Automated guided vehicles (AGVs) are now in use in Forth Valley Hospital for routine transport of surgical supplies, linen, waste, patient food and other materials, Ian Mullen (Chairman, Forth Valley Health Board) told the audience. One of the reasons for implementing such a system was that it allowed skilled staff to spend more time on direct patient care. For example, it had been shown that previously a staff nurse was interrupted 21 times per hour and spent less than 50% of her time on direct patient care. Another important consideration was safety – “in the past clinical waste was handled on average by five people with significant consequences”, said Mr Mullen.

The battery-powered vehicles are controlled by a central PC and are equipped with an array of sensors that allow them to move safely through the service corridors. They can be requested by nurses using PDAs or touchscreens, but the overall coordination is handled by the central host PC. When a vehicle arrives at a ward it notifies the host PC.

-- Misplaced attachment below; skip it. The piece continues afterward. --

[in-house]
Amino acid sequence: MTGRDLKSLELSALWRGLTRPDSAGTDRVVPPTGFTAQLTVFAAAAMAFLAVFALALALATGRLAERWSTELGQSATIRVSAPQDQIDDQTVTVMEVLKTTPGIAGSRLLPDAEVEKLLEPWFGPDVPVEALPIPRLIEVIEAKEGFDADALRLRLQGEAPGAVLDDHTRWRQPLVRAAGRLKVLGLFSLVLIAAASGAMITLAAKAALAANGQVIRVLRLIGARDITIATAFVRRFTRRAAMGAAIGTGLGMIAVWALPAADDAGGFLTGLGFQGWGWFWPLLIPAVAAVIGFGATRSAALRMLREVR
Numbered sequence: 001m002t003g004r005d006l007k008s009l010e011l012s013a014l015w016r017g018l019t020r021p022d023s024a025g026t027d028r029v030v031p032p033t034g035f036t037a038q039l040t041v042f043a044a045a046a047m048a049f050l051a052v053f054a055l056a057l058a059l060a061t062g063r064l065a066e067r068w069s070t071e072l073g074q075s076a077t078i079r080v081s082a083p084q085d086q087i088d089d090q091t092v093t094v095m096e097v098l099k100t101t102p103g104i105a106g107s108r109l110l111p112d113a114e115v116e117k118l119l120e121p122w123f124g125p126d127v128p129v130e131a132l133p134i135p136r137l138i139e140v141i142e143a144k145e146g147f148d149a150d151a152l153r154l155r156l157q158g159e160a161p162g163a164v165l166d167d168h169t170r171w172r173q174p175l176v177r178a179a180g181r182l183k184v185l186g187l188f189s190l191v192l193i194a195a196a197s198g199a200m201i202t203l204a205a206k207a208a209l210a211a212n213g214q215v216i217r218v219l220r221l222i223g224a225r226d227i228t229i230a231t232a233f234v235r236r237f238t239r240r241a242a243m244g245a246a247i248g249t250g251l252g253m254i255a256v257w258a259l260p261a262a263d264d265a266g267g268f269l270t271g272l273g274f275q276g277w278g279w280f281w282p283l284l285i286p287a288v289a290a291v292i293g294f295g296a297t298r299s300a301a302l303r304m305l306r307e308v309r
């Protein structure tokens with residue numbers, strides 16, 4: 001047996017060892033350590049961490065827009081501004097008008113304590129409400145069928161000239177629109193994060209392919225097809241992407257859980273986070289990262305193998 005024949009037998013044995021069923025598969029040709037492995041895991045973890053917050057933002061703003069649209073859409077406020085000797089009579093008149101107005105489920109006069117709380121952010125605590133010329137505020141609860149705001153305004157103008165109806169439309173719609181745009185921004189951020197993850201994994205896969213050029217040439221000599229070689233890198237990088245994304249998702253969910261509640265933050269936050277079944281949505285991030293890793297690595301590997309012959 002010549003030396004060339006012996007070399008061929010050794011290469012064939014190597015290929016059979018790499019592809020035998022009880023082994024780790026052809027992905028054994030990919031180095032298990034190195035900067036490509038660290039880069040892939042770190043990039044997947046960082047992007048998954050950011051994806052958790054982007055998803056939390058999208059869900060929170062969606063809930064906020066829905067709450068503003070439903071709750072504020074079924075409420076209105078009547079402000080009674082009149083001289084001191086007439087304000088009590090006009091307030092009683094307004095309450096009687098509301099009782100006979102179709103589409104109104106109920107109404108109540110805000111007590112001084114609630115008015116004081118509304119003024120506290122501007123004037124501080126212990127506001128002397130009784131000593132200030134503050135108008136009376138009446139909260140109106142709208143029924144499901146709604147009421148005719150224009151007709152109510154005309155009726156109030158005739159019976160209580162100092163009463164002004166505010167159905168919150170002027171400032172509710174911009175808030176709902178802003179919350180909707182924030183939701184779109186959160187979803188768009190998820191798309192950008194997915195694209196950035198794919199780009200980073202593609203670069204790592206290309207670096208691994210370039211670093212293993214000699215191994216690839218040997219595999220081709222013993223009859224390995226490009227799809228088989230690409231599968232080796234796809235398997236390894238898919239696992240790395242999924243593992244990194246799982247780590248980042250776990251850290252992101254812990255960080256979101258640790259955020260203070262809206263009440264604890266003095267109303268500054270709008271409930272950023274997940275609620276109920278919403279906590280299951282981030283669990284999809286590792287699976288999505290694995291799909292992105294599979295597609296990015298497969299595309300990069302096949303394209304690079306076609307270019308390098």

Paperless dispensary
At present the AGVs are not used for medicines although the possibility of using them for ward boxes and intravenous fluids is under consideration, said Jann Davison (lead pharmacist for acute care and quality, NHS Forth Valley). However, the working systems of whole new hospital had been planned with e- health solutions in mind. For example the prescribing and patient management system at ward level also includes medicines reconciliation and drug history elements, she said. In addition electronic care plans and discharge summaries can be with at patient’s GP within six hours of discharge. All staff are equipped with hand held devices to ensure smooth running of the system.